This year saw the first edition of Euskaraldia, held from November 23rd to December 3rd. The aim of this collective activity was to foster the use of spoken Basque over 11 days so that the practice would have an impact on society from the 12th day on. The people who took part in this initiative (more than 200,000 signed on) had to choose between two roles: ahobizi (those who would speak in Basque for 11 days to everyone who understood the language, and would initially address strangers in Basque first) or belarriprest (those who would ask people to speak to them in Basque, even if they answered in Spanish).
The Etxepare Basque Institute, whose aim is to foster Basque language and culture worldwide, organized various activities to promote this 11-day initiative in several countries, through the network of Basque language and culture readers. The purpose of these activities was to encourage people to take part in this collective exercise, while adapting it to local circumstances and conditions.
Several activities were organized over the course of 11 days in countries including Germany (Berlin, Frankfurt, Leipzig, Konstanz), Japan (Tokyo), Czech Republic (Brno), Poland (Warsaw, Poznan), France (Pau), Scotland (Edinburgh), Italy (Bologna, Venice), Argentina (La Plata, Buenos Aires), Mexico (Mexico City), Chile (Santiago), Uruguay (Montevideo), United States (Boise), Cuba (Havana), and in Barcelona. Among the organized activities, there were talks, Basque classes, mintzodromos (gatherings to speak in Basque), concerts, culinary gatherings, radio programmes and movies.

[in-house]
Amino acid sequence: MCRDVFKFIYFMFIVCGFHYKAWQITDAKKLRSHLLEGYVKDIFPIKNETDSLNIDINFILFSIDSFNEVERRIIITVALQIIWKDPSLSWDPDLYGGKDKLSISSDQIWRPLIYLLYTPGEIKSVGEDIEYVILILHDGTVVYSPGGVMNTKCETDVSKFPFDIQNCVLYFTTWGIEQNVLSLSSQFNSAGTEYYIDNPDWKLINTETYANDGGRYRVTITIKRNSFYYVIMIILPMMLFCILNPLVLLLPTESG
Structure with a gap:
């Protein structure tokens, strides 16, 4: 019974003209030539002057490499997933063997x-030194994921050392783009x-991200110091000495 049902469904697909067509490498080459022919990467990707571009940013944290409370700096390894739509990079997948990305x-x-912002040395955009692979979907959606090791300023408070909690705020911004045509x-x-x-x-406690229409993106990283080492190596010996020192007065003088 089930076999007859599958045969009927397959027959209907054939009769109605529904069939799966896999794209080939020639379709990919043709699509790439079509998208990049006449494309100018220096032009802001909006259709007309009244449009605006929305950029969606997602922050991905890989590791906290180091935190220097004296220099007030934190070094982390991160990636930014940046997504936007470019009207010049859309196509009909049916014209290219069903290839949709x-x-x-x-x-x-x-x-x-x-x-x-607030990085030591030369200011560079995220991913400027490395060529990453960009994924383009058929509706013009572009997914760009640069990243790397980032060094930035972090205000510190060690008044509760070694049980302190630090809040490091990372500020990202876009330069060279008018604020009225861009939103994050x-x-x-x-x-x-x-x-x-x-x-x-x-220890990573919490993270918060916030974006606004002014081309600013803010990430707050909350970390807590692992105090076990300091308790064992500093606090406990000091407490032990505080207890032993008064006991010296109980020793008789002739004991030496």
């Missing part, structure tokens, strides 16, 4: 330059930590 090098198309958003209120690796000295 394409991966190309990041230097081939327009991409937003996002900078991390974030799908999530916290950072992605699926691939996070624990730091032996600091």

These are some of the guest artists and experts that took part in the activities: Mikel Peruarena (writer), Ingo Niebel (historian and journalist), Ugarte Anaiak (txalaparta players), Hedoi Etxarte (writer), Amaia Elizagoin (storyteller), Asier Serrano (writer and musician) and Alejandro Pulido (historian). Activities also included Basque cinema, with full-length films Handia and Loreak, and Kimuak short films.
In general terms, Euskaraldia has had considerable repercussions worldwide, with each country playing a part. The Basque language students at universities and Basque Centres (Euskal Etxeak) were keen to take part in the initiative, proactively putting into practice everything they learned over the 11 days, and showed their interest in bolstering the ranks of new Basque speakers worldwide. During this initiative, the network of speakers has demonstrated that Basque can be learned by making an effort to speak a little every day.
The effort made during Euskaraldia by Basque speakers in other countries has been brought to the forefront here in the Basque Country, especially through social media. Some posts from abroad have gone viral; for example, videos from two Universities in Tokyo showing Japanese students speaking Basque.